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Do you feel you could do with some financial advice but don’t know where to turn or who to trust? You’re not alone.
A recent ASIC report titled Financial Advice: What consumers really think found that many people are put off seeking financial advice because of factors such as, cost (35%), a perception that they’re not wealthy enough (26%) and a lack of trust in the industry (19%).
Many thought advisers were more interested in making money for themselves (49%) and did not have their customer’s best interests at heart (37%).
There was also a common view that good advisers were hard to find and difficult to assess. So are these fears warranted?
Despite these misgivings, it’s clear that there’s an unmet demand for good advice with 41% of Australians saying they intend getting financial advice in future.
Whether they follow through is another question, but they may take heart from the fact that those who had sought advice were more likely to agree that it made them feel secure. They were also more likely to be wealthy, university educated and nearing retirement.
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Once bitten, twice shy
It’s perhaps not surprising that Australians have such negative views of the financial advice industry after revelations from the Hayne Royal Commission, including fees for no advice.
Despite reforms introduced under the Future of Financial Advice (FoFA) laws, the industry has a long way to go to build trust with the community. It also faces new challenges. New adviser education standards and the uncoupling of advisers from product providers are prompting many advisers to leave the industry.
The number of advisers is set to shrink from 21,500 to an estimated 15,000 in 2024, at a time when demand for advice is likely to increase as the Baby Boomers continue to swell the retirement ranks.
Reasons for wanting advice
Not surprisingly, the lead-up to retirement is a key trigger for people seeking financial advice. The ASIC research found people were most likely to want advice about growing their super, retirement income planning, investment advice and budgeting or cash flow management.
Rice Warner argues in its report Funds fail on advice outcomes that the fall in supply and increase in demand is likely to push up the price of advice. Given that cost is already a major turn-off for people who would otherwise get advice, super funds are beginning to step into the breach with their own advice offerings.
What are super funds doing?
Super funds are learning that one way to attract and keep members is to offer free or low-cost advice services, but keeping costs down for comprehensive, personal advice remains a challenge.
In 2018, the Financial Planning Association of Australia found that its members charged $2,435 on average to prepare a Statement of Advice for new clients and $3,354 a year for ongoing advice.
To read more on fees read the SuperGuide article Retirement Planning: How much does financial advice cost?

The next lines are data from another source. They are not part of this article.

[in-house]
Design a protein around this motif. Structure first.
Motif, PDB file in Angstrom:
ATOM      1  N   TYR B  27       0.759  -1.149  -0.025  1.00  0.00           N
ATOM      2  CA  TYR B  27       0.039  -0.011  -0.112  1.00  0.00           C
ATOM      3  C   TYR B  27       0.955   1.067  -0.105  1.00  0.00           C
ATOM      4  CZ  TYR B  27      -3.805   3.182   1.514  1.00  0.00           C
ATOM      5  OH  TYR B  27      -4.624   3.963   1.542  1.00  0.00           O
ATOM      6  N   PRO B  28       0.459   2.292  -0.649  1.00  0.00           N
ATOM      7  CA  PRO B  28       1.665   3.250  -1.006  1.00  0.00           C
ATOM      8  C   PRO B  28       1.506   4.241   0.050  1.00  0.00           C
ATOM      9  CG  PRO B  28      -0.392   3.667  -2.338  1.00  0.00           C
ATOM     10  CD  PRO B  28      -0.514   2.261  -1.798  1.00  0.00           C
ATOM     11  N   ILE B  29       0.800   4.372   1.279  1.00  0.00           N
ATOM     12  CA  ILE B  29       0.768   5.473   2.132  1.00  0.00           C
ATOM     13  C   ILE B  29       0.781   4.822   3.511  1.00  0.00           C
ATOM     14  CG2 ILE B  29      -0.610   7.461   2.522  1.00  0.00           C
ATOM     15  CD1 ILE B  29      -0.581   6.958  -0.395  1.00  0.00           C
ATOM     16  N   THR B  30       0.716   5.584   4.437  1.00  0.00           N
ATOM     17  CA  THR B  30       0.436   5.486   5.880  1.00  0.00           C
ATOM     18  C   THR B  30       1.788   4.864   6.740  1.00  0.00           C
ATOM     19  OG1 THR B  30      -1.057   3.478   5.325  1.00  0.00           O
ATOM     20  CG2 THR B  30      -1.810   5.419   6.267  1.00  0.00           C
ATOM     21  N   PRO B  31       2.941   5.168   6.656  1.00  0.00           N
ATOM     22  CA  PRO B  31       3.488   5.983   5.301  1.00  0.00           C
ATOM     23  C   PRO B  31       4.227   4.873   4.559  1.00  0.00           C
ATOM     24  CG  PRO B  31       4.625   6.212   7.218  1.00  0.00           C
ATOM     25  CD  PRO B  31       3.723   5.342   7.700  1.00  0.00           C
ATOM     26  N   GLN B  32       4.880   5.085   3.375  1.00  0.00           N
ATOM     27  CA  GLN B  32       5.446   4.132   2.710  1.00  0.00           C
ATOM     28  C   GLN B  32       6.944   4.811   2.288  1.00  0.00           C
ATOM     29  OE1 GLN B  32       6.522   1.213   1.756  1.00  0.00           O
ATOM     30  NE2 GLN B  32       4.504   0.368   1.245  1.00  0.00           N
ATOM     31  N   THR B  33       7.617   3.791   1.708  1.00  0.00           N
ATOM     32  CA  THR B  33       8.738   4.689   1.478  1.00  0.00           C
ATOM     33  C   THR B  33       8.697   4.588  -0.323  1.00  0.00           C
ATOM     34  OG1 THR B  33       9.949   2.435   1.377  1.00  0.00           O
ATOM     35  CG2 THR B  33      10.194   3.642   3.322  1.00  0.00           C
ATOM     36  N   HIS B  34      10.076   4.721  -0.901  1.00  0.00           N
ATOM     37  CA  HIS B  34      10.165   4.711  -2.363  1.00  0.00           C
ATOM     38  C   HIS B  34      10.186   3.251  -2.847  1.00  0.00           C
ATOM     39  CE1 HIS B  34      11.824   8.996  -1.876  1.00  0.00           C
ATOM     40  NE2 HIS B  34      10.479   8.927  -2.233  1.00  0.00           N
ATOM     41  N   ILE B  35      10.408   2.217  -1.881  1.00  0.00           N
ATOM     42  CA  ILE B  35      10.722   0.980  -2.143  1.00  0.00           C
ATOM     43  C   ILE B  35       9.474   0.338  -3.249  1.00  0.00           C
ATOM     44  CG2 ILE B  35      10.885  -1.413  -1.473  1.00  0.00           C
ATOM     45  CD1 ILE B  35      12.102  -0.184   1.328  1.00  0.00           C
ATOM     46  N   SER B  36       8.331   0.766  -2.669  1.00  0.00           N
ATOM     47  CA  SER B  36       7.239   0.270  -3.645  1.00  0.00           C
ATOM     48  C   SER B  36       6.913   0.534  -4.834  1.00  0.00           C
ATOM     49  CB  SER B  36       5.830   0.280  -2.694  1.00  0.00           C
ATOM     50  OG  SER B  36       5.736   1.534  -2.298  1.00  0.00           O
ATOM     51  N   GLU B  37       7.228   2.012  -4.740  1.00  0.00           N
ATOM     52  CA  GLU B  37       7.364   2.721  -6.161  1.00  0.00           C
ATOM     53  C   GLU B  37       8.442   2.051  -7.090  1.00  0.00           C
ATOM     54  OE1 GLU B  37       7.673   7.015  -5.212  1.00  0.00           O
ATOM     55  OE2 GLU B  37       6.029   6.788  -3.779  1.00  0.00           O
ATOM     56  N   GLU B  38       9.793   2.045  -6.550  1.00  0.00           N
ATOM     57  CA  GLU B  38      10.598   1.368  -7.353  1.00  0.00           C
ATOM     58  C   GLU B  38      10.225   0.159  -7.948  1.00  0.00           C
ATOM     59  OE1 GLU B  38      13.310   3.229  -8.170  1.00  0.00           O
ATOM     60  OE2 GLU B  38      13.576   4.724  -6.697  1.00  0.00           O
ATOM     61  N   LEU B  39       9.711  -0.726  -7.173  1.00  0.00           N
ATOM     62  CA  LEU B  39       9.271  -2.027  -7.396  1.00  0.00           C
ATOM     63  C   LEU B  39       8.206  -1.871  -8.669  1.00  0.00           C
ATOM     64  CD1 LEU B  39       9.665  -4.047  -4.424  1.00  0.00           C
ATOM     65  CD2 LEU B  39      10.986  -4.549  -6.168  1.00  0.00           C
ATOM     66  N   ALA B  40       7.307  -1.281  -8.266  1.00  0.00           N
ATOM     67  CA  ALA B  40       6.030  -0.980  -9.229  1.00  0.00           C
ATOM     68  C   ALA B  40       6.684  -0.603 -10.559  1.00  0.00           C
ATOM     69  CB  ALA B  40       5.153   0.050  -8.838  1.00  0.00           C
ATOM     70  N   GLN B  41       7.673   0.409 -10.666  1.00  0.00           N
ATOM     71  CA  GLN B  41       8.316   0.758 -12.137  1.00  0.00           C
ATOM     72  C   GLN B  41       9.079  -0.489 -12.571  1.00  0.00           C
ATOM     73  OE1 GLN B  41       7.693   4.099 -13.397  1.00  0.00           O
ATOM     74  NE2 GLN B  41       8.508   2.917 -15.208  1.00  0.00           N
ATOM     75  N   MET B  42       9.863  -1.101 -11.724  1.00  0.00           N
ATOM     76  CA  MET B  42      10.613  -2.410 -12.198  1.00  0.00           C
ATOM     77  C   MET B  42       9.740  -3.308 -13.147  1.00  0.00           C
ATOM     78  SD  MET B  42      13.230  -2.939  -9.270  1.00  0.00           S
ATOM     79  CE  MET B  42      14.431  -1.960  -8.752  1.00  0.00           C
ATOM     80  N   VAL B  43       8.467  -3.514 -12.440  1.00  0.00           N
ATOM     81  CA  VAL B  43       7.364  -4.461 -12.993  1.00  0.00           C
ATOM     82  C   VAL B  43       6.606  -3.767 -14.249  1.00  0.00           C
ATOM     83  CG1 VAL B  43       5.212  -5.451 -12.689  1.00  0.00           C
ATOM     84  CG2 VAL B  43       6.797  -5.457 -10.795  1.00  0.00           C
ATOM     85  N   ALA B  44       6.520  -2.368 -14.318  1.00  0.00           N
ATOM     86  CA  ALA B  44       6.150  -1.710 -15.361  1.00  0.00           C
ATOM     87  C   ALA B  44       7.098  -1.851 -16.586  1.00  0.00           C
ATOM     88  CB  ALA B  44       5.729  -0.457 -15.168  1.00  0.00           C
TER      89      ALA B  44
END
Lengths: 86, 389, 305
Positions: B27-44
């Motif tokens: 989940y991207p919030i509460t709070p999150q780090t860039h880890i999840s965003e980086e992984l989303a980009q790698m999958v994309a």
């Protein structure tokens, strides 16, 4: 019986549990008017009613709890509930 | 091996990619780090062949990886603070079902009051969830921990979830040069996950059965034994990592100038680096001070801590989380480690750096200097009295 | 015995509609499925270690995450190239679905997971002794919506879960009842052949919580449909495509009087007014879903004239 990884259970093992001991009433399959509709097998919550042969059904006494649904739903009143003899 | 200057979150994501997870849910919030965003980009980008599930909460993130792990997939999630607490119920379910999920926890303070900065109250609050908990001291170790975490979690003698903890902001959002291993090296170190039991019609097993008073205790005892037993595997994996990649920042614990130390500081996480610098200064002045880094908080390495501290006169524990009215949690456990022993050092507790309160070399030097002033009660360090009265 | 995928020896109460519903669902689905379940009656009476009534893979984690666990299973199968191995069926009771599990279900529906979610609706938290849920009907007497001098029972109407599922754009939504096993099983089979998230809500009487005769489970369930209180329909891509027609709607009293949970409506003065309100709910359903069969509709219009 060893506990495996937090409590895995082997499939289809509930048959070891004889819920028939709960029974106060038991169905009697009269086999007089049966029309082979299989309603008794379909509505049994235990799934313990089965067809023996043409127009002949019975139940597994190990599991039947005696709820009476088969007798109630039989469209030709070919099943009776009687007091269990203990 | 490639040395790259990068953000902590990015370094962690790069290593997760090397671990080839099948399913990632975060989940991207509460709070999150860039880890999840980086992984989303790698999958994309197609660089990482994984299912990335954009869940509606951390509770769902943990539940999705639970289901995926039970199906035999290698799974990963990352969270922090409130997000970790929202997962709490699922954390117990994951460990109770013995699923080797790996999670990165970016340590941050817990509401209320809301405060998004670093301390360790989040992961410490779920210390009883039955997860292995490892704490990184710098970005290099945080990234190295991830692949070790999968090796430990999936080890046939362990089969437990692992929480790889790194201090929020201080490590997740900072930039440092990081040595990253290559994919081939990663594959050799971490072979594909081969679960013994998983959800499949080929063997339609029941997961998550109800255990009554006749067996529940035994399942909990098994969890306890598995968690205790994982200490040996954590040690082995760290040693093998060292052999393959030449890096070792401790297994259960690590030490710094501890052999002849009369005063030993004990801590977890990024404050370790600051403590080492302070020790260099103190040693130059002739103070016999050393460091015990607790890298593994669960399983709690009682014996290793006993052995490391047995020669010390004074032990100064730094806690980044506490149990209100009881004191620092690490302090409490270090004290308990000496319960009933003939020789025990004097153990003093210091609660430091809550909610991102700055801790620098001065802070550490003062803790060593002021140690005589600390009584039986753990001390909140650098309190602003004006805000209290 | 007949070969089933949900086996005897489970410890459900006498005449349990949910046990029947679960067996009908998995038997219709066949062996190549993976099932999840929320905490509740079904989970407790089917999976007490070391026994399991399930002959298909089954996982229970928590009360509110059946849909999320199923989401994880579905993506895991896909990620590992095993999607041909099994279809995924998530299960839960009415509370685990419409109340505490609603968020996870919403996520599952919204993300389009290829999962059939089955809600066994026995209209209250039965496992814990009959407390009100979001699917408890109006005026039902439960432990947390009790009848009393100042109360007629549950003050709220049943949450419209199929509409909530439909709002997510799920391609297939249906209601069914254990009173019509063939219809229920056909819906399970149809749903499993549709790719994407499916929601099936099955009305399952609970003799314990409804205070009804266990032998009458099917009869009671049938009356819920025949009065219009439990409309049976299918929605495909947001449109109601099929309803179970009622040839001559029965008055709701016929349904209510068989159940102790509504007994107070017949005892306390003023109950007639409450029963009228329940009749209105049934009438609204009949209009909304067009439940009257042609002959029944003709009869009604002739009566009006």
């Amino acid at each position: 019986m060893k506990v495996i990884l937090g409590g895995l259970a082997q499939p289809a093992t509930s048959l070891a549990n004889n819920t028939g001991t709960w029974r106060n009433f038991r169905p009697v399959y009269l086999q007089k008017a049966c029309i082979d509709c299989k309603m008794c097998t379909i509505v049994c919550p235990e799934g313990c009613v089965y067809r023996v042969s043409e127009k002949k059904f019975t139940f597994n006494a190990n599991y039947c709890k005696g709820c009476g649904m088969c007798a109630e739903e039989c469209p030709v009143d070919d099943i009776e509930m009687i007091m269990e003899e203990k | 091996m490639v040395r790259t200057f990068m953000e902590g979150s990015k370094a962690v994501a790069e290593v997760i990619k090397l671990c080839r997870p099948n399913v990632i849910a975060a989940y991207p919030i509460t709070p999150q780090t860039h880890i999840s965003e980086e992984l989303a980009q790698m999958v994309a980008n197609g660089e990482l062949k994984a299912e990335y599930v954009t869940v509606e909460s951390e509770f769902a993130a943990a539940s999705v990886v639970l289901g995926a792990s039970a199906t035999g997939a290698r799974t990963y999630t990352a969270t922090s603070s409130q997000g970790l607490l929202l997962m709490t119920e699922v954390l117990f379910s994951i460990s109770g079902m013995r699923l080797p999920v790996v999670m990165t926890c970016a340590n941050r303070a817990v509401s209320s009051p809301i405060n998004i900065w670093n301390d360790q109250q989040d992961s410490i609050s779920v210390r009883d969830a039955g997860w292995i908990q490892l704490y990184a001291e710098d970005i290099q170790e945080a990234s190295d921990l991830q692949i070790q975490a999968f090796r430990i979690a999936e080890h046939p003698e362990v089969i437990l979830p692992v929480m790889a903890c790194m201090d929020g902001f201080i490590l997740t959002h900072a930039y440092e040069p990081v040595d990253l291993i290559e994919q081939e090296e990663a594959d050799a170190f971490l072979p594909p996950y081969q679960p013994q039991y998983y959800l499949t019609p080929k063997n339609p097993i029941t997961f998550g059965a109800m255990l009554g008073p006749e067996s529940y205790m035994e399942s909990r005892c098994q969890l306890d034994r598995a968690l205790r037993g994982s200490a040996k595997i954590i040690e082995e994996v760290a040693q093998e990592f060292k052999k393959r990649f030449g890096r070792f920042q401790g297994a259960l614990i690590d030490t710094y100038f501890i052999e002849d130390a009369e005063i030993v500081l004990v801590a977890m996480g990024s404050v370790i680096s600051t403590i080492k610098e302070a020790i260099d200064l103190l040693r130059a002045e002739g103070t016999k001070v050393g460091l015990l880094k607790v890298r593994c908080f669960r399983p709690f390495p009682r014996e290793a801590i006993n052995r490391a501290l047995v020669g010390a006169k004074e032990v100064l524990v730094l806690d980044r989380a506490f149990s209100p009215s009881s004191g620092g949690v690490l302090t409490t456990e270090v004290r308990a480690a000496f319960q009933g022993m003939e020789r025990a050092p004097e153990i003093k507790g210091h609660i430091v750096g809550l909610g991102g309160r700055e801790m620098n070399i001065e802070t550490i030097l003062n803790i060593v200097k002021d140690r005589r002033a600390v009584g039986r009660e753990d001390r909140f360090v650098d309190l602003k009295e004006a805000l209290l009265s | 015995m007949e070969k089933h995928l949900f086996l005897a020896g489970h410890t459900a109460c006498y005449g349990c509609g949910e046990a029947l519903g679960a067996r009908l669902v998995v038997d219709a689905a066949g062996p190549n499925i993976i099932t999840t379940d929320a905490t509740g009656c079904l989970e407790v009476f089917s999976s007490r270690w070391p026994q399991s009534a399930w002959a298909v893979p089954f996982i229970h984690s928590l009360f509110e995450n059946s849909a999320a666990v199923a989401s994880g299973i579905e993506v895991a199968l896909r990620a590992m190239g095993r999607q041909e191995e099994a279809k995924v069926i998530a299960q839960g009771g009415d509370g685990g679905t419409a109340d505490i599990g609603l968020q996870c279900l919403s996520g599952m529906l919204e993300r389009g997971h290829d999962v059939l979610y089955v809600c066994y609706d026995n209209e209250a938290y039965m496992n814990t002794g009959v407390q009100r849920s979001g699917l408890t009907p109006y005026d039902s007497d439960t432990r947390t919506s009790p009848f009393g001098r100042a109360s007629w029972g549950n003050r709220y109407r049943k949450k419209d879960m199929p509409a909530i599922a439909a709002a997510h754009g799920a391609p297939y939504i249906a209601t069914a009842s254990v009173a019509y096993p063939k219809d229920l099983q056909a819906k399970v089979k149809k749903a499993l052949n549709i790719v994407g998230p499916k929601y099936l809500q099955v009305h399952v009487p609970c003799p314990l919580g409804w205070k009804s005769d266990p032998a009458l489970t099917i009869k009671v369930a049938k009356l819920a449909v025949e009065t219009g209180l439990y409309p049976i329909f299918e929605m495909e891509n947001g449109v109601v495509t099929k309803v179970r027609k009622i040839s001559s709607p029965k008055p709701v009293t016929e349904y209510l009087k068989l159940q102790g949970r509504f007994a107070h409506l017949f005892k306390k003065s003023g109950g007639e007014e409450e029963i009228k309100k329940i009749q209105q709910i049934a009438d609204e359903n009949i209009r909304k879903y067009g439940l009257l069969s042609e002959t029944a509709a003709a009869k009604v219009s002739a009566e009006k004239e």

There’s also widespread confusion about the difference between general and comprehensive advice. Further ASIC research has found many consumers believe, falsely, that general financial advice prioritised their financial interests.
The advice currently being offered by super funds is scaled, with three broad categories:
Free information on specific topics related to your account or the fund’s offerings, generally offered over the phone or online. As the name suggests, advice is general and cannot include personal advice or recommendations.
Single issue advice
Simple personal advice on a single issue. It generally begins with a free, no obligation phone consultation, followed by a Statement of Advice with recommendations for a fee.
More complex financial advice which takes your full personal circumstances into account. Advice is provided by Certified Financial Planners either inside or outside the fund. Often face-to-face, advice also starts with a free, no obligation conversation with information about fees if you choose to proceed.
ASIC found that only 54% of consumers they surveyed correctly identified general advice. Perhaps more troubling, even when provided the general advice warning, nearly 40% wrongly believed the adviser had an obligation to take their personal circumstances into account.
A role for technology
Rice Warner believes there’s potential for technology to bridge the gap between the growing demand for advice and cost concerns.
Digital advice (also called robo-advice) is still in its infancy in Australia. ASIC’s Financial advice: What consumers really think report found only 1% of those surveyed had used it. But 19% said they were open to getting digital advice, once it was explained to them.
As data analytics becomes more sophisticated there’s potential to use digital advice tailored to a member’s personal circumstances and needs. But innovation is happening at a snail’s pace.
Rice Warner points out that a third of super funds still don’t have a superannuation projection calculator on their website, despite research showing this simple measure can increase the proportion of members making voluntary contributions and the value of those contributions.
While you wait for progress, if you would like advice on growing your super, retirement planning or investment strategies, see what your fund has to offer. Costs vary enormously but it may be more cost-effective and accessible than searching for an adviser on your own.